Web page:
Initially designed for parents of violent children, the approach offered constructive responses between the two poles of hitting back or capitulating. Rather than meeting force with a greater force, the concept is to change the environment in which the use of violence thrives. By learning how to remain calm and asserting their presence through neither retaliating nor retreating, parents can change the rules of the game. Says Omer, “There is a deep difference for the parents and for the child between the messages: ‘If you do so and so, I will punish you!’ and ‘I will do all I can to stop this behavior, except for hitting you or attacking you!’”
Dan Dolberger, the head of the Center for Non-Violent Resistance Psychology, says clients typically ask for tools to change other people, those whose behavior is causing them pain. “The distinct ‘signature’ of NVR as a theory of change is in the belief that to induce change in others one cannot but begin with self-change,” wrote Dolberger. “As caregivers, we cannot directly control the people we provide for... But, we are their ecology. When we change, their choices cannot remain the same.”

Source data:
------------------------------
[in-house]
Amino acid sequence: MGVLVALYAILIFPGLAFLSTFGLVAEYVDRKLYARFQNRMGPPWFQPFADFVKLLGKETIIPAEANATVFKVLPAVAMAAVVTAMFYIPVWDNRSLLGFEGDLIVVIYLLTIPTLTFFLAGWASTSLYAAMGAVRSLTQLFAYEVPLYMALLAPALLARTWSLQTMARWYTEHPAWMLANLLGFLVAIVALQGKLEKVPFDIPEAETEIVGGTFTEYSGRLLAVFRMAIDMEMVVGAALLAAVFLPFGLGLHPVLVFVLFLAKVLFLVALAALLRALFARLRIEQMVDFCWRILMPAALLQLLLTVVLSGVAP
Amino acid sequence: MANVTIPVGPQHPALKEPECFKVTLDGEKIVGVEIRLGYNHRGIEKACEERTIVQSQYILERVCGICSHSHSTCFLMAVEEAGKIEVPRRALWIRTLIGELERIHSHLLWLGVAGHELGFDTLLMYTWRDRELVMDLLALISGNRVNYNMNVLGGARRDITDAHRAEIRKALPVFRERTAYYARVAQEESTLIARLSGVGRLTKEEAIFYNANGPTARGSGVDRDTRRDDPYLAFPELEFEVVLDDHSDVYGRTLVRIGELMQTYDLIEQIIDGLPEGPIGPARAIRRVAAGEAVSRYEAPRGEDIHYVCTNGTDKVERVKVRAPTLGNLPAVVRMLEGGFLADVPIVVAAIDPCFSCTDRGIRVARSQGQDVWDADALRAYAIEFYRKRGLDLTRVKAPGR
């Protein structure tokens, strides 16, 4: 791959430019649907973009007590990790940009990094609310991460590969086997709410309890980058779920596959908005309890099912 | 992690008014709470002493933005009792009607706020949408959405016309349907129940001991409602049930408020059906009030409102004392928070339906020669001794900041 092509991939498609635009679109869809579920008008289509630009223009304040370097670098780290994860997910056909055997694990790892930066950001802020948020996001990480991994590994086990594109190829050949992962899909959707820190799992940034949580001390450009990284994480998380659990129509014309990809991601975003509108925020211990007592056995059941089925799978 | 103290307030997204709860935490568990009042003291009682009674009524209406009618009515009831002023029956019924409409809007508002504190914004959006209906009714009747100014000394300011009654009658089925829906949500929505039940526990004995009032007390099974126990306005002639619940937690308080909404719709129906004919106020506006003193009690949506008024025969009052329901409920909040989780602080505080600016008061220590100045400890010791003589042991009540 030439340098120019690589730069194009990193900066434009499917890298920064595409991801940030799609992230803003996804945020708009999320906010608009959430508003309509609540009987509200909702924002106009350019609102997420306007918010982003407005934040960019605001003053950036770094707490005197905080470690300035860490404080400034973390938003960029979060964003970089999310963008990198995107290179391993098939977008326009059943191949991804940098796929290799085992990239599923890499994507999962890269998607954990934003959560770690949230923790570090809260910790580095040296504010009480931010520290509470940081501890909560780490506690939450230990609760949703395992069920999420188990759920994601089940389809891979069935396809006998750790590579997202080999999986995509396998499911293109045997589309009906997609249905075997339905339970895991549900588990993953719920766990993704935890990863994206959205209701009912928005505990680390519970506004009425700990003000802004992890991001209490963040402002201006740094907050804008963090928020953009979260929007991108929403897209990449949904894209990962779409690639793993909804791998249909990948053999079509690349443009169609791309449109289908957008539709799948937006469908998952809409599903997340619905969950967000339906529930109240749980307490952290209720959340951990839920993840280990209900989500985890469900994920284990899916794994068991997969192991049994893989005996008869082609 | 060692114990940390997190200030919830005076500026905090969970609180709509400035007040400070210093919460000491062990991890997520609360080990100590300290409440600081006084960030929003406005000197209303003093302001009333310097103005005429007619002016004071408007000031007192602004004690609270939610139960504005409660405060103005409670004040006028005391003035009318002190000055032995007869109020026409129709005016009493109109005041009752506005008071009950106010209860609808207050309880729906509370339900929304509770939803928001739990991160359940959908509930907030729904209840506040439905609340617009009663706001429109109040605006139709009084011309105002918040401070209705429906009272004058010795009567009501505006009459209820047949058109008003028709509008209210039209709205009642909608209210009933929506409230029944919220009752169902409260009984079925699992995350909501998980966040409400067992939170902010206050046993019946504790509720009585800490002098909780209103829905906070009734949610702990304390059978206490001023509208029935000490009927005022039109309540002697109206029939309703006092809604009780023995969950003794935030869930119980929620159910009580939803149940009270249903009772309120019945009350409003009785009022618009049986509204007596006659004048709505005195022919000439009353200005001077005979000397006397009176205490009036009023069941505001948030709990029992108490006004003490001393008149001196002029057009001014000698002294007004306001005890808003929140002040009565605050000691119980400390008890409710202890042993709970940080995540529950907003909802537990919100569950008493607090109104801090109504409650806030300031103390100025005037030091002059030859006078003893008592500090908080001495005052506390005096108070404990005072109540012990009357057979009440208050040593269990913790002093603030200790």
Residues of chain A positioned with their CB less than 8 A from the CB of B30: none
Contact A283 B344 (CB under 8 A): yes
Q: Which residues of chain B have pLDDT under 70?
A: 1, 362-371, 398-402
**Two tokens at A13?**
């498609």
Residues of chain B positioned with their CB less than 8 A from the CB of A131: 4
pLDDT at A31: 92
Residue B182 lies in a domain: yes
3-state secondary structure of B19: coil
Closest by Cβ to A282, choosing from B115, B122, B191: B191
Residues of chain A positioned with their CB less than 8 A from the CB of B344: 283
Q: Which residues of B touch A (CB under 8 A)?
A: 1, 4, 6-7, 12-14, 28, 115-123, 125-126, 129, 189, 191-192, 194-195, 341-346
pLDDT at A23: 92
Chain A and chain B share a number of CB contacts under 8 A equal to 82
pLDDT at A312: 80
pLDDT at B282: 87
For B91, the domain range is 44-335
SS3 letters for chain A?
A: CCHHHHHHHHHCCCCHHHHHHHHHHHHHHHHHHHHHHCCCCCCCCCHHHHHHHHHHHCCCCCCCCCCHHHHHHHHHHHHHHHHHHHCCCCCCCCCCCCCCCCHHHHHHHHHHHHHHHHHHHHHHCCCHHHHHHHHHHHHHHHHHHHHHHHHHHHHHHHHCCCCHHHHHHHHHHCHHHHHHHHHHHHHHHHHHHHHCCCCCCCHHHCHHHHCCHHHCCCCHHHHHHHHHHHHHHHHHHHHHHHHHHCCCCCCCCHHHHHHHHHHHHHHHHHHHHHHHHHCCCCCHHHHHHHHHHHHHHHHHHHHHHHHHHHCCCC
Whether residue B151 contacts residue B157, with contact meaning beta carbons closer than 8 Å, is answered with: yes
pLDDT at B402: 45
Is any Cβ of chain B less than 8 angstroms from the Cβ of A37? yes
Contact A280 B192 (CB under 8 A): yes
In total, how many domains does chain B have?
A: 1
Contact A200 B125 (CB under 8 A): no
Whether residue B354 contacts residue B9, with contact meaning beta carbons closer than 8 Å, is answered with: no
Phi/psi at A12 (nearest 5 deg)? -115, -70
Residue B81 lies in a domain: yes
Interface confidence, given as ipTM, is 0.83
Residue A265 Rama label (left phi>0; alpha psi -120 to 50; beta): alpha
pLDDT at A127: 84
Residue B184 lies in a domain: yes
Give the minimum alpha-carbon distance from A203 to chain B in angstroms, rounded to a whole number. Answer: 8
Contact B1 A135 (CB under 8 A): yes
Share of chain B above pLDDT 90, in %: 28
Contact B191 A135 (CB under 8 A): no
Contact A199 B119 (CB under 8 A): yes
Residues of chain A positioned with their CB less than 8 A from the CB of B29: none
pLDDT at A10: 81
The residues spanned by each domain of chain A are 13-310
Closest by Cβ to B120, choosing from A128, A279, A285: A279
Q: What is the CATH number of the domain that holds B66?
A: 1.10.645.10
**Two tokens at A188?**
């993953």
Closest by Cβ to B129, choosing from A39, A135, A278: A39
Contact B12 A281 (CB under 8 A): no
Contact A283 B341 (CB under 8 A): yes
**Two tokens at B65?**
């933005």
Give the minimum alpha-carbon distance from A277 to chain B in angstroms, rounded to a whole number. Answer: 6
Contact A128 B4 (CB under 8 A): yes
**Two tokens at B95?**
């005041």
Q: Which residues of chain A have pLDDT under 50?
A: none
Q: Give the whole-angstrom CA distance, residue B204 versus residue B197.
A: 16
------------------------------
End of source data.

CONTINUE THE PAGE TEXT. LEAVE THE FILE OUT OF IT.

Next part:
Prof. Eli Lebowitz, a researcher at the Yale School of Medicine’s Child Study Center and a founding member of the Association for NVR Psychology, explained that it is hard-wired into our biological nature as mammals to respond to our offspring’s distress by making accommodations to protect and soothe them. Yet, research has found that excessive parental accommodation was a factor that worsened an array of children’s problems, and that teaching parents to change their response had an ameliorating effect.